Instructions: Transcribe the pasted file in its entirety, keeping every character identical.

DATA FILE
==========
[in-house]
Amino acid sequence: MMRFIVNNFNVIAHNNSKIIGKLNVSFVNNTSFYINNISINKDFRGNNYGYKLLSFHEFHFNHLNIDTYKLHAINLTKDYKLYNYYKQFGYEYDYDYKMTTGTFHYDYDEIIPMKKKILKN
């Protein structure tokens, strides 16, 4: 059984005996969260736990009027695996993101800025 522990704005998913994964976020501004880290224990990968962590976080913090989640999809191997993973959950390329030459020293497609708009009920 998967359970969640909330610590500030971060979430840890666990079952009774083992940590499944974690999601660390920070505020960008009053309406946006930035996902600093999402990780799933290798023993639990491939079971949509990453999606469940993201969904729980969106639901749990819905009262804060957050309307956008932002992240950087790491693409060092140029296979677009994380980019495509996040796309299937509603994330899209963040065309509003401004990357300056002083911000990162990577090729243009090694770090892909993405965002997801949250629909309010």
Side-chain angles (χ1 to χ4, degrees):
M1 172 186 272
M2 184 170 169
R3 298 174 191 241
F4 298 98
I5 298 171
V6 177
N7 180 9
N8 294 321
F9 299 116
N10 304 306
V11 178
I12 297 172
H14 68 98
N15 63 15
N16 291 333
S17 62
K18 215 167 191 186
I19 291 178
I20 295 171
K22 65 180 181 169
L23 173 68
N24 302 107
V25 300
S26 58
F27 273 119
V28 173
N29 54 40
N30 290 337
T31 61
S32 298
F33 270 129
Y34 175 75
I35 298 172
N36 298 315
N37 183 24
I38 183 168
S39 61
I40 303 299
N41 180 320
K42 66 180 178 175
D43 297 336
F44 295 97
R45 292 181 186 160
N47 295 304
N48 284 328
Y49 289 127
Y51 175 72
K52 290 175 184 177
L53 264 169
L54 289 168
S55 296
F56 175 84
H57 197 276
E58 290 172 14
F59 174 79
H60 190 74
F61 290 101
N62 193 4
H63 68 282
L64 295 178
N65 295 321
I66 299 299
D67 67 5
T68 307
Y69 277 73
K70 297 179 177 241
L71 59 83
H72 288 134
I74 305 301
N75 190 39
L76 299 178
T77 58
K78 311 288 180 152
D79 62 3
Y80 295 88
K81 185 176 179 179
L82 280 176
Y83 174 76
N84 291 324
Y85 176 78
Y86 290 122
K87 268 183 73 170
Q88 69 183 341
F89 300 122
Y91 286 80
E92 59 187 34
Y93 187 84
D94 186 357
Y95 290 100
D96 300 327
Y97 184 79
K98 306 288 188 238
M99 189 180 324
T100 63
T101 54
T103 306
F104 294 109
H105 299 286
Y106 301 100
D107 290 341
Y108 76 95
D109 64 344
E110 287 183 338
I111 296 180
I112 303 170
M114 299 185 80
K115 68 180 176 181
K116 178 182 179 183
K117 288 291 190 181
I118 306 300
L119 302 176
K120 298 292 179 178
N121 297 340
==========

[in-house]
Amino acid sequence: MMRFIVNNFNVIAHNNSKIIGKLNVSFVNNTSFYINNISINKDFRGNNYGYKLLSFHEFHFNHLNIDTYKLHAINLTKDYKLYNYYKQFGYEYDYDYKMTTGTFHYDYDEIIPMKKKILKN
């Protein structure tokens, strides 16, 4: 059984005996969260736990009027695996993101800025 522990704005998913994964976020501004880290224990990968962590976080913090989640999809191997993973959950390329030459020293497609708009009920 998967359970969640909330610590500030971060979430840890666990079952009774083992940590499944974690999601660390920070505020960008009053309406946006930035996902600093999402990780799933290798023993639990491939079971949509990453999606469940993201969904729980969106639901749990819905009262804060957050309307956008932002992240950087790491693409060092140029296979677009994380980019495509996040796309299937509603994330899209963040065309509003401004990357300056002083911000990162990577090729243009090694770090892909993405965002997801949250629909309010």
Side-chain angles (χ1 to χ4, degrees):
M1 172 186 272
M2 184 170 169
R3 298 174 191 241
F4 298 98
I5 298 171
V6 177
N7 180 9
N8 294 321
F9 299 116
N10 304 306
V11 178
I12 297 172
H14 68 98
N15 63 15
N16 291 333
S17 62
K18 215 167 191 186
I19 291 178
I20 295 171
K22 65 180 181 169
L23 173 68
N24 302 107
V25 300
S26 58
F27 273 119
V28 173
N29 54 40
N30 290 337
T31 61
S32 298
F33 270 129
Y34 175 75
I35 298 172
N36 298 315
N37 183 24
I38 183 168
S39 61
I40 303 299
N41 180 320
K42 66 180 178 175
D43 297 336
F44 295 97
R45 292 181 186 160
N47 295 304
N48 284 328
Y49 289 127
Y51 175 72
K52 290 175 184 177
L53 264 169
L54 289 168
S55 296
F56 175 84
H57 197 276
E58 290 172 14
F59 174 79
H60 190 74
F61 290 101
N62 193 4
H63 68 282
L64 295 178
N65 295 321
I66 299 299
D67 67 5
T68 307
Y69 277 73
K70 297 179 177 241
L71 59 83
H72 288 134
I74 305 301
N75 190 39
L76 299 178
T77 58
K78 311 288 180 152
D79 62 3
Y80 295 88
K81 185 176 179 179
L82 280 176
Y83 174 76
N84 291 324
Y85 176 78
Y86 290 122
K87 268 183 73 170
Q88 69 183 341
F89 300 122
Y91 286 80
E92 59 187 34
Y93 187 84
D94 186 357
Y95 290 100
D96 300 327
Y97 184 79
K98 306 288 188 238
M99 189 180 324
T100 63
T101 54
T103 306
F104 294 109
H105 299 286
Y106 301 100
D107 290 341
Y108 76 95
D109 64 344
E110 287 183 338
I111 296 180
I112 303 170
M114 299 185 80
K115 68 180 176 181
K116 178 182 179 183
K117 288 291 190 181
I118 306 300
L119 302 176
K120 298 292 179 178
N121 297 340